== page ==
University Studies

Minor in Complexity

Complexity, an interdisciplinary minor, is the study of the behavior of multiple interactions, including how crowds turn into mobs or how birds flock. 

About the Minor in Complexity

The minor is constructed in a manner that affords all students, regardless of college or major, the opportunity to take a minor in complexity. The minor has multiple access points, incorporates existing courses, and, by design, does not require a prohibitive number of prerequisites. As a result, you will have the opportunity to take a minor in complexity without adding a large number of credits and should, in most cases, be able to complete the minor using free electives and courses meeting other requirements. The structure allows for the application within your major field of study.

You will have the opportunity to study with faculty from across the campus as you explore the basic concepts and techniques used to study complex systems. And you can apply what you have learned to your major field of study. Earning a minor in complexity, we believe, will be value-added for our students regardless of major.

Degree Requirements

Undergraduate students can earn the Minor in Complexity by completing 18 credit hours.

Required (6 credits)

  • CPLX 100 – Introduction to Complexity 
  • CS 105 – Introduction to Agent-Based Modeling  

Electives (12 credits)

Students must take four courses from a list of courses approved for the minor. At least 6 credits must be taken at the 300-level or above. Students are encouraged to consult with the Program Director, who oversees the minor with the van Rooy Center Curriculum Advisory Committee.

The minor is described in detail in the Undergraduate Catalog.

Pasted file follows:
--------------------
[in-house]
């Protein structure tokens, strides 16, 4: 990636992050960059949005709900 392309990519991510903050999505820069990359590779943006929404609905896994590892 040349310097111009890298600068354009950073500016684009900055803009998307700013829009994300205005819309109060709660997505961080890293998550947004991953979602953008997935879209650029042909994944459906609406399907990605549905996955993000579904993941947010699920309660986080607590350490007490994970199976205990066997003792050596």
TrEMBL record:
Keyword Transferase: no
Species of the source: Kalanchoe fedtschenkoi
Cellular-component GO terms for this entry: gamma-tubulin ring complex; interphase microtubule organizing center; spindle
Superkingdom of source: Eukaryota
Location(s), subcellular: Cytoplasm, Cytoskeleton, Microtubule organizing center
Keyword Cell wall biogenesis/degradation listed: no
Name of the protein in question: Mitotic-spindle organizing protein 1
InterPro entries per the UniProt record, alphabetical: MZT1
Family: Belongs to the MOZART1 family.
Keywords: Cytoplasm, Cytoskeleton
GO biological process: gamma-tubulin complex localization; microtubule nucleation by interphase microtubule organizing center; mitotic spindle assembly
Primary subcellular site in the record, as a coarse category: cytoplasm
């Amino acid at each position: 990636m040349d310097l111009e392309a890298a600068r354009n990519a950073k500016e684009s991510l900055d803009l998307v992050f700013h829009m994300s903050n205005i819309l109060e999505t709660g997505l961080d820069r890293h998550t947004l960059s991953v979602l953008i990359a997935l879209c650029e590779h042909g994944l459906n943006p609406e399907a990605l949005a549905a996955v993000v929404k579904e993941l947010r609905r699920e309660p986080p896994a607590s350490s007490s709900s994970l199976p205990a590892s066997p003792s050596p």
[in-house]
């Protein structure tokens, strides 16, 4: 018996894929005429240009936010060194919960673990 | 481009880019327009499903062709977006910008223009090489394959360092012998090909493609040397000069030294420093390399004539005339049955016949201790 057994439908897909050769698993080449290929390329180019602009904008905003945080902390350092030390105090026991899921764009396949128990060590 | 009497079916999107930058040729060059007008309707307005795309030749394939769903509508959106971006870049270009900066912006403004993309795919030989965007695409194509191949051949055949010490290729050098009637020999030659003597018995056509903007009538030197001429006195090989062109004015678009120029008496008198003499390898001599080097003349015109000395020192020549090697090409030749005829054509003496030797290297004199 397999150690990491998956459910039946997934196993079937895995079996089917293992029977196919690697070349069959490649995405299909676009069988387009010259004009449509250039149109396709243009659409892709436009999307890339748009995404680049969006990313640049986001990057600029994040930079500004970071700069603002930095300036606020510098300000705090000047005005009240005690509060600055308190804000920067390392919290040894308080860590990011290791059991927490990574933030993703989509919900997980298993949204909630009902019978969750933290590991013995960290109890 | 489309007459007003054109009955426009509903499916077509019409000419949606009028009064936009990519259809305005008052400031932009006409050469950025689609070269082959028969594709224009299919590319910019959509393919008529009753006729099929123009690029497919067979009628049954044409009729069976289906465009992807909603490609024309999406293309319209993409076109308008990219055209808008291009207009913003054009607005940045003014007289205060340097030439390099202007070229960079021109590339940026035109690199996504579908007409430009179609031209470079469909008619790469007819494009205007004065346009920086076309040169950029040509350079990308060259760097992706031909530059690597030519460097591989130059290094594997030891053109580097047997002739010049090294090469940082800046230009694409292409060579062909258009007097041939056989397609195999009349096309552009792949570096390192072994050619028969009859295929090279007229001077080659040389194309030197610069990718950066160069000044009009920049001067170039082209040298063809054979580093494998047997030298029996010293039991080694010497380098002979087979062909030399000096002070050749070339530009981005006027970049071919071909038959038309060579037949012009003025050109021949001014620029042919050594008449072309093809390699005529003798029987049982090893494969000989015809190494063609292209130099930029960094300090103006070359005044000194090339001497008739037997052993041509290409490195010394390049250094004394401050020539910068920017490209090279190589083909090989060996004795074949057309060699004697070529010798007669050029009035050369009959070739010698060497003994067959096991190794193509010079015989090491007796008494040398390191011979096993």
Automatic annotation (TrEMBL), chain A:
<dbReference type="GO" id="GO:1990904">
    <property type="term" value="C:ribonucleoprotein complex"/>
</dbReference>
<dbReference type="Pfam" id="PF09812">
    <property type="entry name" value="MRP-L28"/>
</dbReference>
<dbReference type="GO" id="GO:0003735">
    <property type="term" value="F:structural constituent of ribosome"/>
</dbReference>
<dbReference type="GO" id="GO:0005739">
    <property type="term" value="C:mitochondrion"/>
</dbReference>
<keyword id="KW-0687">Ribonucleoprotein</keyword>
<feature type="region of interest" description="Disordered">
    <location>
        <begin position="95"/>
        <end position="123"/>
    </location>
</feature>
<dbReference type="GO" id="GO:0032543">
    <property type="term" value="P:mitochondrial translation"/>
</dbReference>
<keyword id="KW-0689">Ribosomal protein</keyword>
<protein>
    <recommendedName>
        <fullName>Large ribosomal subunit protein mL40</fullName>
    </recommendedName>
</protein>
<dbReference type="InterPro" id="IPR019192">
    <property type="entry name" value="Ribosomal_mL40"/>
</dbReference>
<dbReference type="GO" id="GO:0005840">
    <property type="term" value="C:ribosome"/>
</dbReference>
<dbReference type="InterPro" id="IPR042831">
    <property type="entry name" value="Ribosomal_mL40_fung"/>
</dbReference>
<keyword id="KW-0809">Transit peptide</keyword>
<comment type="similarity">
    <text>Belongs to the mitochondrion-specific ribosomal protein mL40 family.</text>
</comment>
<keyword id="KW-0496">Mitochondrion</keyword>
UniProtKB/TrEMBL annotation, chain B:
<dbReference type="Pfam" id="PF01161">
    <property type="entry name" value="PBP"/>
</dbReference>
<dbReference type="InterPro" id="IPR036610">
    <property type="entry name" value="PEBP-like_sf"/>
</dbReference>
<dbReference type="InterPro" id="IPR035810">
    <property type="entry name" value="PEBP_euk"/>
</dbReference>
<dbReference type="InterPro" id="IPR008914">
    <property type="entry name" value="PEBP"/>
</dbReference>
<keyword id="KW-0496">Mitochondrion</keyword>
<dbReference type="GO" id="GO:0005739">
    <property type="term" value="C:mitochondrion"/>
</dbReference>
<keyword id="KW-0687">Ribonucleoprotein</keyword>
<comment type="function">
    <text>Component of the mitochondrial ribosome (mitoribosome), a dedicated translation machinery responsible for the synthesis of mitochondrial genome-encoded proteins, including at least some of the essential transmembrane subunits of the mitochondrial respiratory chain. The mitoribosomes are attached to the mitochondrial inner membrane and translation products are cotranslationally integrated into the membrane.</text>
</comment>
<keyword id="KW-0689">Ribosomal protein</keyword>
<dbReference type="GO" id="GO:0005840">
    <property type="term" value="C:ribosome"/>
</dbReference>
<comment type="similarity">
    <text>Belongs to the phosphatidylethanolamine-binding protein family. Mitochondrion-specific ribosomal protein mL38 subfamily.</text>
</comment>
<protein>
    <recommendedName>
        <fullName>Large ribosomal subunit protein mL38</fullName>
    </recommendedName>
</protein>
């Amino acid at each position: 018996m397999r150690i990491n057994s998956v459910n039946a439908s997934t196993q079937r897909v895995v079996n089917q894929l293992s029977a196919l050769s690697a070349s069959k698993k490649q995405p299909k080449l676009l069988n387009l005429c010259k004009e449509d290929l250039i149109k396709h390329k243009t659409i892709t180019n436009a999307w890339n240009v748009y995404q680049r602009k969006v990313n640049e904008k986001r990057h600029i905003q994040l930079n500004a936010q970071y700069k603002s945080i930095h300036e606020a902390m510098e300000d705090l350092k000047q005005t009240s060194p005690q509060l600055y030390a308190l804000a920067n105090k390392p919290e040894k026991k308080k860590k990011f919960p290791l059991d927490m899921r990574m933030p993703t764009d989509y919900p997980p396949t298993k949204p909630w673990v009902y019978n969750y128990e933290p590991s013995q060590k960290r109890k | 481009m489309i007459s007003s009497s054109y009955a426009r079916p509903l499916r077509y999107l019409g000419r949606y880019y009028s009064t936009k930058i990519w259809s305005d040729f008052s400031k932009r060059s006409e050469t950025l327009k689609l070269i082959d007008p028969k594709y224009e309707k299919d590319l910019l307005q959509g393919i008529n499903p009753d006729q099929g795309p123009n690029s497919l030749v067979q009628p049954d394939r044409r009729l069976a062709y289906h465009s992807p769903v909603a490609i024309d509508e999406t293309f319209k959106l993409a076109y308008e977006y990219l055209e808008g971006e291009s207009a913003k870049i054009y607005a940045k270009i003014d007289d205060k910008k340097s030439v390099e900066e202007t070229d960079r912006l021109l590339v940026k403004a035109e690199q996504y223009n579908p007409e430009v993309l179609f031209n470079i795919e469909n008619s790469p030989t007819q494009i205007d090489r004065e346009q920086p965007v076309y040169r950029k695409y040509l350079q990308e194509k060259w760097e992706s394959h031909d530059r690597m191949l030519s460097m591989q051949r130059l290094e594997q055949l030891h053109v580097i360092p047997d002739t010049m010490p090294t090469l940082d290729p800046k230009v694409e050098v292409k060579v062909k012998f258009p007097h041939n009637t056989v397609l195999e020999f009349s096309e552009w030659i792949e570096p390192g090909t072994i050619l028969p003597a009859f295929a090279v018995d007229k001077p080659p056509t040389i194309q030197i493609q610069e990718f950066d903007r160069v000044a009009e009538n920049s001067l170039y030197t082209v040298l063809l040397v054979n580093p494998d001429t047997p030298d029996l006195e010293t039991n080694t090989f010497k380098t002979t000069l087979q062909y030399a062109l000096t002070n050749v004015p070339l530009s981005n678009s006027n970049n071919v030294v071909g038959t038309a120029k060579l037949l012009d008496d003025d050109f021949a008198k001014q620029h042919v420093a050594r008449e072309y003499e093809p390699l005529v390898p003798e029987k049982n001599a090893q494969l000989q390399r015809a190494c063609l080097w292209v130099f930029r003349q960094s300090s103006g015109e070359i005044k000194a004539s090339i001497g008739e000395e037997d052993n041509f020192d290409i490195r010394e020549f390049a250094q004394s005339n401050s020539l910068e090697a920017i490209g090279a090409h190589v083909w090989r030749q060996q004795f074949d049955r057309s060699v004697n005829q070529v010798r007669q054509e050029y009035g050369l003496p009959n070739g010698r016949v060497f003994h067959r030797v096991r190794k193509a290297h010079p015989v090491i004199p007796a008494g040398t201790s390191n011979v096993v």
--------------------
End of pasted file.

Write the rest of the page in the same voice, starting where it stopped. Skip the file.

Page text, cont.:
Students Engaged in Complexity Studies

The van Rooy Center for Complexity and Conflict Analysis 

The mission of the van Rooy Center is to assist the University of Hartford and its faculty in advancing the understanding among its students of the fundamentals of the new science of complexity.

Join the Fun

Agent-based Modeling

We study the elements of complex systems and experiment with Netlogo—a programming language. This course satisfies the Information Technology Literacy requirement in the College of Arts and Sciences.

Faculty & Staff

Danielle Bellows
Assistant Professor of Physical Therapy
Department of Rehabilitation Sciences
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Maleka Donaldson
Assistant Professor of Early Elementary Education
Department of Education
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Edward T. Gray
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Jane Horvath
Assoc. Prof. of Economics; Special Assistant to the President for LGBT Issues; Senior Advisor to the President; Director, van Rooy Center
President's Office
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Michael Horwitz
Assistant Professor of Academic Strategies
Academic Strategies
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Robert Leve
Associate Professor
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Patricia Mellodge
Department Co-Chair; Program Director, Electromechanical Engineering Technology; Associate Professor
Electrical and Computer Engineering
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Melinda Miceli
Associate Professor of Sociology
Social Science
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Sandra Saavedra
Associate Professor of Physical Therapy
Department of Rehabilitation Sciences
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Brian T. Swanson
Assistant Professor of Physical Therapy
Department of Rehabilitation Sciences
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Ralph Zegarelli
Emeritus Professor
College of Arts and Sciences
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